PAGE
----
‘It’s nothing new’: Tiger Woods shares Tour Championship lead, and his competitors want a piece of him
ATLANTA — At the third round of the Arnold Palmer Invitational in March, Justin Rose shot 67 and bested his fellow playing competitor Tiger Woods by two strokes, but Rose came off the course convinced that he’d played with a version of Woods capable of climbing his way back to the top of the mountain.
“I saw for myself that he could still make the shots,” Rose said. “I thought the comeback was for real, for sure.”
Rose and Woods will have a chance to renew acquaintances again this weekend as they share the 36-hole lead of the Tour Championship at seven-under 133, two shots ahead of Rory McIlroy in the finale of the season-long FedEx Cup.
All year long, a parade of today’s young stars have all but prayed, if not begged, for a chance to stare down Woods with a title on the line. After his round Justin Thomas, who at the Hero World Challenge last year said he was looking forward to trying to “kick Tiger’s butt,” reiterated that sentiment.
“I know there’s probably nobody else I’d rather be down at the last hole tied with having a chance to win than him,” Thomas said. “It would be pretty cool.”
Then Thomas added one caveat: “I’d rather be one or two ahead, saying that.”
Thomas and the Tour’s young guns don’t have any scar tissue of being beaten to a pulp by Woods during his prime. Rickie Fowler has been around long enough to be stomped by Woods on his way to victories at The Memorial and Arnold Palmer Invitational back in the day and he was left in the wake of Woods on the back nine Friday. Fowler, who shared the overnight lead with Woods, surged in front at seven under standing on the 10th tee before making four bogeys and signing for two-over 72 and fall four strokes off the pace.
Meanwhile, Woods sprayed tee shots left and right on the front nine and continued to escape unscathed. When he rescued par at the eighth after drilling his tee shot at least 40 yards off line to the right, one writer called it highway robbery.
“He should get three-to five-years for that,” I said.
“With good behavior,” the reporter said.
Woods rolled in a birdie at the second, but pulled a four-foot par putt at nine to remain five-under at the turn. Spaniard Jon Rahm roared to a five-under 30, but he faded in the sweltering heat and only Billy Horschel and Patrick Cantlay with 65s managed to go low on Friday.
Woods kept digging into his bag of tricks to make pars despite missing fairways at Nos. 10 and 11. His high-wire act led another reporter to ask McIlroy after his round if he was told that one of the leaders had hit only two fairways on the front and made one birdie through 11, what would he say?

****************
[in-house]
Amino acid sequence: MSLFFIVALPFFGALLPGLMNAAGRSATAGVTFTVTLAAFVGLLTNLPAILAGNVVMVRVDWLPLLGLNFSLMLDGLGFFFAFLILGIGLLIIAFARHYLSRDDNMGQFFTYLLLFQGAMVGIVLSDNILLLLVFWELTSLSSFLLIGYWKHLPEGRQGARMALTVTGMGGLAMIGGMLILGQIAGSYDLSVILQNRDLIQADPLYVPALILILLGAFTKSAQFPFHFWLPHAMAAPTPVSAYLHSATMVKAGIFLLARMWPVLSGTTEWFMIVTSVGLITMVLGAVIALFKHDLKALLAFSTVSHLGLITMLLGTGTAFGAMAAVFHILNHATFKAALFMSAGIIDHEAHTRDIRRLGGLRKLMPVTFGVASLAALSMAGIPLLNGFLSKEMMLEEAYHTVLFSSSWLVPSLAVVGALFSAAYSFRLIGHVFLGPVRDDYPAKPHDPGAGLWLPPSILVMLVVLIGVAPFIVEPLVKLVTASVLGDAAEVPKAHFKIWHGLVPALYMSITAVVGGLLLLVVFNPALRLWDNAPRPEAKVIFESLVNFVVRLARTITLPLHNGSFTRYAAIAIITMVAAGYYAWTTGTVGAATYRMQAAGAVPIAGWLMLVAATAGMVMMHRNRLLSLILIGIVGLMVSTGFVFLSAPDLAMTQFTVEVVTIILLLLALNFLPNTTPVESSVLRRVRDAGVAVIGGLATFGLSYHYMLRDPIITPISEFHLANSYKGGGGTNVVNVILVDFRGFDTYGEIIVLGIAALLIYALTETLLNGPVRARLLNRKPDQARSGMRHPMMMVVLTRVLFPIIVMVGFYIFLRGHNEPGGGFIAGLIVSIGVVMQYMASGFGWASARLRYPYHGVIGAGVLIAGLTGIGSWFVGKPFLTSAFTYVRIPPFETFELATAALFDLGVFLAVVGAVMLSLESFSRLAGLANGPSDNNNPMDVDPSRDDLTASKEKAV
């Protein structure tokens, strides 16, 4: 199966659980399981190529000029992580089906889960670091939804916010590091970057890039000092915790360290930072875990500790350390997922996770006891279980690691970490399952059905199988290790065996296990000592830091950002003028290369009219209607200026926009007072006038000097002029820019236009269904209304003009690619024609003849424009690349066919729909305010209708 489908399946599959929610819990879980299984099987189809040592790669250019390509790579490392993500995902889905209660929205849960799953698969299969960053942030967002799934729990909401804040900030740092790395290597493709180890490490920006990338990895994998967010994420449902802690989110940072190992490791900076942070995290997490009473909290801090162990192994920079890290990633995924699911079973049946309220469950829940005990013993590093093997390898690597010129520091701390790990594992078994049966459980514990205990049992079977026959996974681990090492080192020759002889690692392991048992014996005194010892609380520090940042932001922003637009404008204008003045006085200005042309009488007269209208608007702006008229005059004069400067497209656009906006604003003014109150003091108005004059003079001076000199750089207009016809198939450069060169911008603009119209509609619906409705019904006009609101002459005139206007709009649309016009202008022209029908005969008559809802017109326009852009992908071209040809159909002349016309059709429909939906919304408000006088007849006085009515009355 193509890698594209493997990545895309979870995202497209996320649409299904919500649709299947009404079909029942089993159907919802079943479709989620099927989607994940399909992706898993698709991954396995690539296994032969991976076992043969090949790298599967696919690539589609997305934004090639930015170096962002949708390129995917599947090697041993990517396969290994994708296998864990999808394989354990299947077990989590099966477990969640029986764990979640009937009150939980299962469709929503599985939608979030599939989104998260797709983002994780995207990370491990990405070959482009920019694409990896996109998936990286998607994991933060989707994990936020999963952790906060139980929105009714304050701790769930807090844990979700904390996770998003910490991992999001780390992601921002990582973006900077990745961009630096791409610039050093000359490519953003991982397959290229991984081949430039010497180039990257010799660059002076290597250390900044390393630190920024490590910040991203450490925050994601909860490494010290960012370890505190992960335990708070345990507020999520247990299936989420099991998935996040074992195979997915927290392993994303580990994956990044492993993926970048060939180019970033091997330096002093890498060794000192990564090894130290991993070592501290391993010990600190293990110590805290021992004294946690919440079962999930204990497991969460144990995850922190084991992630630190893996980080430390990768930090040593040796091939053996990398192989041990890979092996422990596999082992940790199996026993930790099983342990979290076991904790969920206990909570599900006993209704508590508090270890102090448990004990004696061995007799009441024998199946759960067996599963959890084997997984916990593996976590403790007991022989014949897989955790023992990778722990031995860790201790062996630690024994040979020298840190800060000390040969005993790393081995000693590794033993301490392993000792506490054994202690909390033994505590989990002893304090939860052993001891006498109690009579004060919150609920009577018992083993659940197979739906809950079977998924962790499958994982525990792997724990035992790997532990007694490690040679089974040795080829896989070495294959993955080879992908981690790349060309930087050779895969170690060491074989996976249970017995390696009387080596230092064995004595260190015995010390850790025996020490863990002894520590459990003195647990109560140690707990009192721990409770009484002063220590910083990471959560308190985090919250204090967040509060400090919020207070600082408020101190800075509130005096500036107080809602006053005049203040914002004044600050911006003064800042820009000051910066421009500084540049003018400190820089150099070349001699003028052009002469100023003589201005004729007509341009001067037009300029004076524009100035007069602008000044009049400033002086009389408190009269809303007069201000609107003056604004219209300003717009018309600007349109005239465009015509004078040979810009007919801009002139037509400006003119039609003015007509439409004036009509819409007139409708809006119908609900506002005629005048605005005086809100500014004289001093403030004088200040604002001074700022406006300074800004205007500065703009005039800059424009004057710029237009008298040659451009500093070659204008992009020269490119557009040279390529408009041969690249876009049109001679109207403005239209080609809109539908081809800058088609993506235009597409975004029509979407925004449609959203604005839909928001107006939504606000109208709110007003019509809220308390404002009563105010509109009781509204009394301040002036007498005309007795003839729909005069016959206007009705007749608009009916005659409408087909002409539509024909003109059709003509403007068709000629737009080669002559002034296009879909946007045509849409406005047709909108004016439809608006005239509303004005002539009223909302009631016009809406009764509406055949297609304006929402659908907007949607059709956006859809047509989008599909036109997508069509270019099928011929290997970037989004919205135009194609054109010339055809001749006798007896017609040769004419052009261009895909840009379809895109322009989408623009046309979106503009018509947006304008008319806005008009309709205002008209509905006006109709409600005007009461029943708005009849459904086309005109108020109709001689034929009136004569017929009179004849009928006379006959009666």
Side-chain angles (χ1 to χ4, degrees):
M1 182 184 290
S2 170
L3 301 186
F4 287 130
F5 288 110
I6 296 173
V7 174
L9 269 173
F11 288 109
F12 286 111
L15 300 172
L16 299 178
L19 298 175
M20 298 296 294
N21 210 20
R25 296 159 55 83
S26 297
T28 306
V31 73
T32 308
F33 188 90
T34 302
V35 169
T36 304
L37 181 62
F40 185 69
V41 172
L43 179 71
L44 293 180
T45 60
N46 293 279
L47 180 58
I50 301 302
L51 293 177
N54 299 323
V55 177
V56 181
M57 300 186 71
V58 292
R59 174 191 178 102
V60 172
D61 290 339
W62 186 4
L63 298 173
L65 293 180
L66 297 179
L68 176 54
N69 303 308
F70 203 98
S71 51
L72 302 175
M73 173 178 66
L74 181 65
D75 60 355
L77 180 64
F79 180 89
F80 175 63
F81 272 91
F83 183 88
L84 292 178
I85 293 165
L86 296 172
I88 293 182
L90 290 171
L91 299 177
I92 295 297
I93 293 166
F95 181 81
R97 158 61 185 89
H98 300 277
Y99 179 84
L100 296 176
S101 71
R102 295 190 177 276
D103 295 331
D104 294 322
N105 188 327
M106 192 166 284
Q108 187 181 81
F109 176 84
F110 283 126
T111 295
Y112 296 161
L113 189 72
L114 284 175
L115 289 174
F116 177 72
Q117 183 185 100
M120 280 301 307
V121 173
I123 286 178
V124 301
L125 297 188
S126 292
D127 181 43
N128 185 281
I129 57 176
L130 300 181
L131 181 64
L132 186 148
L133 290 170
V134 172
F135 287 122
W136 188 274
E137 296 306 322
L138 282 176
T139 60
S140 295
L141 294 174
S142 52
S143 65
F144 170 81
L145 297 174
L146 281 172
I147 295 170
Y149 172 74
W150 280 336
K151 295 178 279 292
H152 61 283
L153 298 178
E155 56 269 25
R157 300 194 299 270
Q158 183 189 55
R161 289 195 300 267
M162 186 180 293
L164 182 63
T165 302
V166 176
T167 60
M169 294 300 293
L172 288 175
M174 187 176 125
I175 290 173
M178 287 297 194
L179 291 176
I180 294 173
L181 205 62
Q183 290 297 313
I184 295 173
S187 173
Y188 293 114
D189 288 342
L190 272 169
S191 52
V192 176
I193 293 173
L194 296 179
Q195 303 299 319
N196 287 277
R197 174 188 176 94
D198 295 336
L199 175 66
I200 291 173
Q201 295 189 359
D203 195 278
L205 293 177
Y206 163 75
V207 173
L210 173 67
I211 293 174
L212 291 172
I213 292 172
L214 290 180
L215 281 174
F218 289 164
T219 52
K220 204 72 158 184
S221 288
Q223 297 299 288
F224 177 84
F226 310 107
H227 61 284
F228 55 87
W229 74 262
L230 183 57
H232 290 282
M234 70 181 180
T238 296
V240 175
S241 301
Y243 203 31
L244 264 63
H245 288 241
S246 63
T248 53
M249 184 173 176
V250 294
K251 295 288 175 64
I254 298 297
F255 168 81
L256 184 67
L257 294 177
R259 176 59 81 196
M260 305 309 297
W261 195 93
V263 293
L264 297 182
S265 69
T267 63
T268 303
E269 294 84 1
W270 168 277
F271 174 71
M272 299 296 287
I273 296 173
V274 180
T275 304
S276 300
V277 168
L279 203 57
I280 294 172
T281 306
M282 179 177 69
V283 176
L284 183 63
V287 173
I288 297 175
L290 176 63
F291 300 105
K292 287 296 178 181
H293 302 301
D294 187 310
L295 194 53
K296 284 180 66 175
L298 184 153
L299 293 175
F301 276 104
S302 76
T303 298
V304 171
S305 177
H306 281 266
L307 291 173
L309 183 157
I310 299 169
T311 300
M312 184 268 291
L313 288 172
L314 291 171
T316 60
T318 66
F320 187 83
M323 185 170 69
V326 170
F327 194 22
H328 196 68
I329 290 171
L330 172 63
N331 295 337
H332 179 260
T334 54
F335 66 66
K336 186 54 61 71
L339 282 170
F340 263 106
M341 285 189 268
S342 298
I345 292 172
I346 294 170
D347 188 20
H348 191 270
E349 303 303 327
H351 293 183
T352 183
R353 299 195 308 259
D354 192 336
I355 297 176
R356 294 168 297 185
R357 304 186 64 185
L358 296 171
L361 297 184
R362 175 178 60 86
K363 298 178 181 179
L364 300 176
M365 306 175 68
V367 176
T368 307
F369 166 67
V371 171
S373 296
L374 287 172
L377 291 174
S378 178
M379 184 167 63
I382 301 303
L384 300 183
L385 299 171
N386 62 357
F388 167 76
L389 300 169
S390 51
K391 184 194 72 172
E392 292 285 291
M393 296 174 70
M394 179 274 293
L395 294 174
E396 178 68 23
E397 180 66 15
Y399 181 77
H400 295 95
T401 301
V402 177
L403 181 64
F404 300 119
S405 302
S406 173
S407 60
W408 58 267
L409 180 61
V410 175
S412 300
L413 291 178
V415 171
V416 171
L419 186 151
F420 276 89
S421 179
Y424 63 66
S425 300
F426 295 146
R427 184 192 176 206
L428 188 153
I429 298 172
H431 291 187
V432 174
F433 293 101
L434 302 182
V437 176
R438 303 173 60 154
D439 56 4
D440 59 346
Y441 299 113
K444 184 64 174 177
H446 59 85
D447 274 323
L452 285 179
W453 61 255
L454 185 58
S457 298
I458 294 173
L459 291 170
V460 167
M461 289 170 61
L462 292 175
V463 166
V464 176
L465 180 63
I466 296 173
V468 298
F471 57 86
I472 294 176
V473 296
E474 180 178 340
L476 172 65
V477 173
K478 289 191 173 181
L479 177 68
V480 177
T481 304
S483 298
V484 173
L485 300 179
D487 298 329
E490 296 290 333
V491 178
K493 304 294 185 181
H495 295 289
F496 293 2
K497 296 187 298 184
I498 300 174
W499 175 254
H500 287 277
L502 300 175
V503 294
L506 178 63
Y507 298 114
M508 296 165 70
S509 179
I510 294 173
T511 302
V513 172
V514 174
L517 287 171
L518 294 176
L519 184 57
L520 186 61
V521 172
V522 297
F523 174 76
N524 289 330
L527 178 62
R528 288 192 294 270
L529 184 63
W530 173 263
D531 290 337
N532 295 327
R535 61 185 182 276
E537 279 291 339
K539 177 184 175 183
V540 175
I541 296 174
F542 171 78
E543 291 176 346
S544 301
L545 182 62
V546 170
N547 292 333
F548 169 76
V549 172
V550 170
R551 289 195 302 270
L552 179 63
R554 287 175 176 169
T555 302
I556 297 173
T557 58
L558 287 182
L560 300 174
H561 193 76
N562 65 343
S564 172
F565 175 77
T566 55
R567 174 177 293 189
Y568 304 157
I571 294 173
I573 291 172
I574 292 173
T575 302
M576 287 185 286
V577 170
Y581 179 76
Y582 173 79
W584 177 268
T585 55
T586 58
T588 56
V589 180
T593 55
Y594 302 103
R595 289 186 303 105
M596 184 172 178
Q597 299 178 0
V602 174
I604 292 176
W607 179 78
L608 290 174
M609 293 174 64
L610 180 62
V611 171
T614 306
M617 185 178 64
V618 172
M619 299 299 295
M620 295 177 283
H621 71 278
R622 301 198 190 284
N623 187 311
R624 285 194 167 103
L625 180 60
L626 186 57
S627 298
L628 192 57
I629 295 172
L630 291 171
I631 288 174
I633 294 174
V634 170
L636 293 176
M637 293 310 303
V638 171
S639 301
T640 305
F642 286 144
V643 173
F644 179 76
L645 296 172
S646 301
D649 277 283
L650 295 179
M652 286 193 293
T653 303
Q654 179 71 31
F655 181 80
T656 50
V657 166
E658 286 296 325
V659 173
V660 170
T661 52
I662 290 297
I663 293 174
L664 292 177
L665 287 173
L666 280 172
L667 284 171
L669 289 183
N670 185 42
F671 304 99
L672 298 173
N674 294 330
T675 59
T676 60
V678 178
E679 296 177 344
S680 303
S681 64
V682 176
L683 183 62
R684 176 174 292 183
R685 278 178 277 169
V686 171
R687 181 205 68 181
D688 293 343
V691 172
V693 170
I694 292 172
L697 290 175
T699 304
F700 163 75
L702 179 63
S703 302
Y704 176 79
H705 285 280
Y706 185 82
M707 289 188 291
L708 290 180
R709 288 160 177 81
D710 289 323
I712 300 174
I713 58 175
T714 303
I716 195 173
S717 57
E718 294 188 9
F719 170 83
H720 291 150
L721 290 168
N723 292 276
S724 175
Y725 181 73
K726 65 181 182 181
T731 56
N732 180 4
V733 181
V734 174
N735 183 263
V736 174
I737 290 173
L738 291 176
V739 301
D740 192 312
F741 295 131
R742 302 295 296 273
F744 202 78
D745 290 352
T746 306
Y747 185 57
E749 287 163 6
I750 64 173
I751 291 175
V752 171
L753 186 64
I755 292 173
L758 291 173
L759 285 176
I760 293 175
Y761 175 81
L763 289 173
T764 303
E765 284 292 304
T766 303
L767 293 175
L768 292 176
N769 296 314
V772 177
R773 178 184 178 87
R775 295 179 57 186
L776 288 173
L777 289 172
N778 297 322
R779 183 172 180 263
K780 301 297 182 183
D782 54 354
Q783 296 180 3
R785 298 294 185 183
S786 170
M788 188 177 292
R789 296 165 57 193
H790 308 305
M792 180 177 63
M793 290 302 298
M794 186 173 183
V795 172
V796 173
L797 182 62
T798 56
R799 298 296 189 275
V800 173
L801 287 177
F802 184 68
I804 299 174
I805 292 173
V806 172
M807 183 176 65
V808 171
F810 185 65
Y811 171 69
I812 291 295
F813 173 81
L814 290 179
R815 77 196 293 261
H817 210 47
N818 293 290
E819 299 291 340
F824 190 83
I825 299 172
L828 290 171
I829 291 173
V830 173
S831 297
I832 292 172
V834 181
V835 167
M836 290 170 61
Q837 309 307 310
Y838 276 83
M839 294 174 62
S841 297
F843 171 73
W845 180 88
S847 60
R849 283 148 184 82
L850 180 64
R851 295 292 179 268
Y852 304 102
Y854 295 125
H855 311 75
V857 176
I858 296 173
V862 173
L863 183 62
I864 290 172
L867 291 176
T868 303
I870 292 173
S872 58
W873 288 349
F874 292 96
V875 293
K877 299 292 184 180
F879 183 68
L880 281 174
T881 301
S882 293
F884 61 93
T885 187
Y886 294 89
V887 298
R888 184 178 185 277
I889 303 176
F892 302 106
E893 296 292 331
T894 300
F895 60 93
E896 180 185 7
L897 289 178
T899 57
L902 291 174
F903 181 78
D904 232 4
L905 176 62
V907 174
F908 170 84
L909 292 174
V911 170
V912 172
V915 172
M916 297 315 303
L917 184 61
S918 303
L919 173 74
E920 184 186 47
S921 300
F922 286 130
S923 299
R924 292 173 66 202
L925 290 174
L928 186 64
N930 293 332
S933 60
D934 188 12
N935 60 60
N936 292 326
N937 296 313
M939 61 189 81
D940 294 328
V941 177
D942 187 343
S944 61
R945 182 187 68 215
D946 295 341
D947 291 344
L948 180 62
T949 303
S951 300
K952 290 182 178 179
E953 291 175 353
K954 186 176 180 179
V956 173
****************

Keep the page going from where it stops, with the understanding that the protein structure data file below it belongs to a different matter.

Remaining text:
“Not surprising,” McIlory said.
“Is that a testament to Tiger’s grinding or…”
At that point McIlory interrupted the reporter and said, “I thought you were talking about Justin Rose.”
“Yeah, look, he’s done it his whole career,” McIlory continued. “It’s nothing new.”
Try telling that to Woods. He’s had to revamp his swing to adjust to playing with a surgically-fused back. When asked how much his game has improved since being paired with Rose at Bay Hill in March, Woods said, “A lot. My body is different, my game is different. I have all new equipment since then. Everything has been evolving and moving and changing since I first started coming back at Torrey (Pines).”
But watching Woods make recovery shots and mark down pars looked a lot like a movie we’ve all seen before. (Woods leads the field in scrambling this week, getting up-and-down on 9 of 11 attempts.) Mark McCumber, the former 10-time Tour winner working as an analyst for the SiriusXM/PGA Tour Network, called it a vintage Tiger round and summed up the Woods’ performance quite eloquently: “It’s either the old Tiger Woods or the Tiger Woods of old. He’s not playing like he’s 42 years old.”
Beginning at the 12th, Woods heated up. He stiffed his approach to 4 feet to take sole possession of the lead. At 13, he made a sloppy error, dumping his approach from 154 yards into the right greenside bunker.
“Only place I couldn’t miss it is anything right of that flag, and I did,” he said.
But his vaunted Scotty Cameron Newport 2 putter bailed him out. He canned the 8-foot par putt and then sank an 18-foot birdie at 14 (earning a baby fist pump) and pointed at the hole as his 24-foot birdie putt dropped at 15. At this point, Woods owned a two-stroke lead over Rose, but just as at the Open Championship, as soon as he grabbed the lead he gave it back.
Woods tugged his drive left into the wiry Bermuda grass and his 9-iron failed to carry a bunker only 130 yards in front of him. With his ball buried in the front lip, he had no choice but to explode out sideways and made a double bogey.
Both Rose and Woods converted short birdie putts at the par-5 18th, with Woods, one of only three players to reach the green in two, particularly pleased with his finish.
“You know, after everything I did today, to be able to turn that over on 18 and roast it down there and hit off that lie, a high, drawing 5-iron was pretty sweet,” Woods said.
For Woods, it marks his first 36-hole lead of his comeback and the 48th time overall that he’s held the second-round lead or co-lead. He’s gone on to win 43 of 48 times, but Rose, the World No. 1, and McIlroy are among a star-studded group of contenders looking to deprive Woods of career victory No. 80. When asked if he has thought about what that win would mean to him in the context of all the victory that have come before, Woods played coy.
“I need to get there first and that’s my responsibility to get there,” Woods said. “Hopefully, I’ll be answering that question come Sunday night.”